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The Guardian: Western intervention in Syria will do more harm than good




Regime change and ensuring that the Arab spring yields only the wizened fruit of governments as accommodating as Saudi Arabia cannot be sold on their own terms. Instead they are wrapped in the rhetoric of humanitarian intervention, tapping the sentiments of those genuinely moved by the suffering in Syria.

We've been here before. The war in Libya was purportedly to save lives. In fact, the killing intensified on all sides, including from Nato bombs. Estimates of the number dead reach 30,000. The outcome is not democracy and human rights. Amnesty International is the latest NGO to report the torturing to death of prisoners under the new regime and rival militias. The town of Tawergha, home to 30,000 largely black Africans, has been virtually wiped off the map. But the cameras have moved on, just as they did more than a decade ago following Nato's bombardment of Serbia and Kosovo. That, too, was supposed to save lives: the death toll spiralled; after the victory came ethnic cleansing in reverse.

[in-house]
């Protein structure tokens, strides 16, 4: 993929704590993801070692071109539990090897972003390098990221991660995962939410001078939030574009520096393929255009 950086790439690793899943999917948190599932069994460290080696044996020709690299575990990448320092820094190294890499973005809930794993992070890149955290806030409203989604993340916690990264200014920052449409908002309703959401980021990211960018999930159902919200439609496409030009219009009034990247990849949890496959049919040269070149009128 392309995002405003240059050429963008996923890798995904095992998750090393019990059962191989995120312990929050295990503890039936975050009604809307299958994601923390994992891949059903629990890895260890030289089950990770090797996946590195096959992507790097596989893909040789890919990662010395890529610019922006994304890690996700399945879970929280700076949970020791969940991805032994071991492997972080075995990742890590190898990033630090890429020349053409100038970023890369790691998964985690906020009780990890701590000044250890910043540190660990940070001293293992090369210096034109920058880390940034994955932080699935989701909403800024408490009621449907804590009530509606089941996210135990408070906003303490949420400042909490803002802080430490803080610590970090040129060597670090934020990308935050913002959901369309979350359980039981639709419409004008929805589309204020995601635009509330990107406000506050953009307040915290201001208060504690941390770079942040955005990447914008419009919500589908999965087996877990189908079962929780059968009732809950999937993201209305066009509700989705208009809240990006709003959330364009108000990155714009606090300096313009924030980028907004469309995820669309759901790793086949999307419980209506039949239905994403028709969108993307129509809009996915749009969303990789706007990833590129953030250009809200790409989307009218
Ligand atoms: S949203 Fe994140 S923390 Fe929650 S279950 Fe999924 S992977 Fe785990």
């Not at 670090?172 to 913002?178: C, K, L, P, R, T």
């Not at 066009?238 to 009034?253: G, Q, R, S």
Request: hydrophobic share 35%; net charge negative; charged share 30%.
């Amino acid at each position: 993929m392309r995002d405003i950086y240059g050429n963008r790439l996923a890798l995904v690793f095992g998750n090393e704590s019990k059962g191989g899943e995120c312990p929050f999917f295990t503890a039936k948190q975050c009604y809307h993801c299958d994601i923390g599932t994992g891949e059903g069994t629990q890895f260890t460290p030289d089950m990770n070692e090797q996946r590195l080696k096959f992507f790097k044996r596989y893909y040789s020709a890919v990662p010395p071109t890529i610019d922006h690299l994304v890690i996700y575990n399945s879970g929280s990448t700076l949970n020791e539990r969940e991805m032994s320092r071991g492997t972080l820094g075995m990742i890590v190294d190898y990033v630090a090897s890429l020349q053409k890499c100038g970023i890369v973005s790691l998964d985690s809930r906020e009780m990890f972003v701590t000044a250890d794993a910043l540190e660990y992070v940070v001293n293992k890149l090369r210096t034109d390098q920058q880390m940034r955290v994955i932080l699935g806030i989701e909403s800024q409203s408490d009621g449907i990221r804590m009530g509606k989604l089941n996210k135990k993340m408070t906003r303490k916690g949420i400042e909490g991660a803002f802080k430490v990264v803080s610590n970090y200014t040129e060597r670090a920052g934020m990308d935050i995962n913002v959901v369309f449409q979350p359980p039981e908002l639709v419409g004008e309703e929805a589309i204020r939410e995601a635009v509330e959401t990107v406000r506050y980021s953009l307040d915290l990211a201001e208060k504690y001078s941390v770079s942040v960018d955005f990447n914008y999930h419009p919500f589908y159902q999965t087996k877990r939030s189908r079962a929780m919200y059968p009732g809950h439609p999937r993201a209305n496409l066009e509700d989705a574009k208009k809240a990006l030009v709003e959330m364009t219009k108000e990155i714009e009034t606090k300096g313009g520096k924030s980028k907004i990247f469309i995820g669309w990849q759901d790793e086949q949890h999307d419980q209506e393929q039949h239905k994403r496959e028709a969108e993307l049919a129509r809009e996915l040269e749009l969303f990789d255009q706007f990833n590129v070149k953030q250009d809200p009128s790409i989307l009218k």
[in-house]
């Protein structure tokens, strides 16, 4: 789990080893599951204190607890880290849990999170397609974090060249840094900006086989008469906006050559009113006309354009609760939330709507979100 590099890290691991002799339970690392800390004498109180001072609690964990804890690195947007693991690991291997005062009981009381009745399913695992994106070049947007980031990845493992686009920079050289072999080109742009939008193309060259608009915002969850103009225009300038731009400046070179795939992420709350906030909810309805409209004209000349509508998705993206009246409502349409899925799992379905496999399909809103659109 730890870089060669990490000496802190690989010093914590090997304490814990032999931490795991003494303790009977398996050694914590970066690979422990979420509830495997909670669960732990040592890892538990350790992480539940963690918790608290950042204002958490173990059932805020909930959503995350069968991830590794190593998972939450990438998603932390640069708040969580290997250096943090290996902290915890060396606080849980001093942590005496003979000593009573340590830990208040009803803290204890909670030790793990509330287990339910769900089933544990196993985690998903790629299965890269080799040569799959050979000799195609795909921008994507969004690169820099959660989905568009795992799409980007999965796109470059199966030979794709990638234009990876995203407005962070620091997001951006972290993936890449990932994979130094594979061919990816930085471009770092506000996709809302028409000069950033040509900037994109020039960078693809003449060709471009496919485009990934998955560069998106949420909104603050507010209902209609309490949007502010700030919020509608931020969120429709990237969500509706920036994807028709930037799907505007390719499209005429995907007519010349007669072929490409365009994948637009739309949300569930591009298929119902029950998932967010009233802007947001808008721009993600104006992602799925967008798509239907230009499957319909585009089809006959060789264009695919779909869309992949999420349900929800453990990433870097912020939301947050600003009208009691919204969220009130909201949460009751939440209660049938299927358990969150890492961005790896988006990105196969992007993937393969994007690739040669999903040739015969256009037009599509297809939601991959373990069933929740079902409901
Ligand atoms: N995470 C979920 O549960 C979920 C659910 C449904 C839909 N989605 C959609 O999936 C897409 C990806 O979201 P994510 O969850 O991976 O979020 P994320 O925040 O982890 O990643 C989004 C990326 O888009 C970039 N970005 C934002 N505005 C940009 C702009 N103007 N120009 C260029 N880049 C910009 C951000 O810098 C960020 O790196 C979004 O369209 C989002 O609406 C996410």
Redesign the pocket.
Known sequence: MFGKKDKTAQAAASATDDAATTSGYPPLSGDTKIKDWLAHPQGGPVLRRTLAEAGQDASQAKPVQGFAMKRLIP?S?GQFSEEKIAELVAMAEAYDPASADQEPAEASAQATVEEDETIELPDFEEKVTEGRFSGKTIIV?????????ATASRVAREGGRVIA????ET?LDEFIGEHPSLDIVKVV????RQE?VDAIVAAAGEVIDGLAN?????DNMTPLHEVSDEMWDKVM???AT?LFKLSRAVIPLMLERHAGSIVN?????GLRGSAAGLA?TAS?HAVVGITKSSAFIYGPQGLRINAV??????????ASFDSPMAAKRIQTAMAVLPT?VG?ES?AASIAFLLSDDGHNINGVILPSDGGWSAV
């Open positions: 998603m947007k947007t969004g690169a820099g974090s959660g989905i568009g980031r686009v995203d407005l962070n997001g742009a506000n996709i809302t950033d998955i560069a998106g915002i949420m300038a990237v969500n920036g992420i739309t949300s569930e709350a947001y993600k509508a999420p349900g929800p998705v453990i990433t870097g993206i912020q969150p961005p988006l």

That "ethical" war, which lacked the fig leaf of a UN security council resolution, presaged more to come. It lowered the threshold for the invasion and occupation of Iraq, by way of ongoing war in Afghanistan. Negotiation and a political settlement with the Taliban in 2001 were impossible, we were told. They were uniquely diabolical, closed to reason and killed their own people. Now, after tens of thousands dead, there are talks – in Qatar, where the Taliban have an office not far from the US's Centcom headquarters.

The Russian and Chinese veto of a regime change resolution over Syria at the security council has left western leaders exploring other options to the Libya model. But all of them rule out any political settlement between the government and armed opposition in Syria and are designed to ratchet up the conflict and tension in the wider region.

The "humanitarian corridors" proposed by French foreign minister Alain Juppé would mean troops on the ground. The kleptocratic Gulf Co-operation Council's proposal says everything about how hollow is the professed concern for the Syrian people and progress in the Arab region. Saudi Arabia and Bahrain are posing as friends of a democratic Syria while shooting down their own pro-democracy protesters.

The Gulf states are already reported to be funding sections of the Syrian opposition and are trying to cohere it under a leadership that will be congruent with their western allies. With Saudi largesse comes sectarian poison designed to pit Sunni Muslims against Shia, and especially against Iran, which is singled out along with China in the Pentagon's latest doctrine as an obstacle to "securing US global leadership in the 21st century".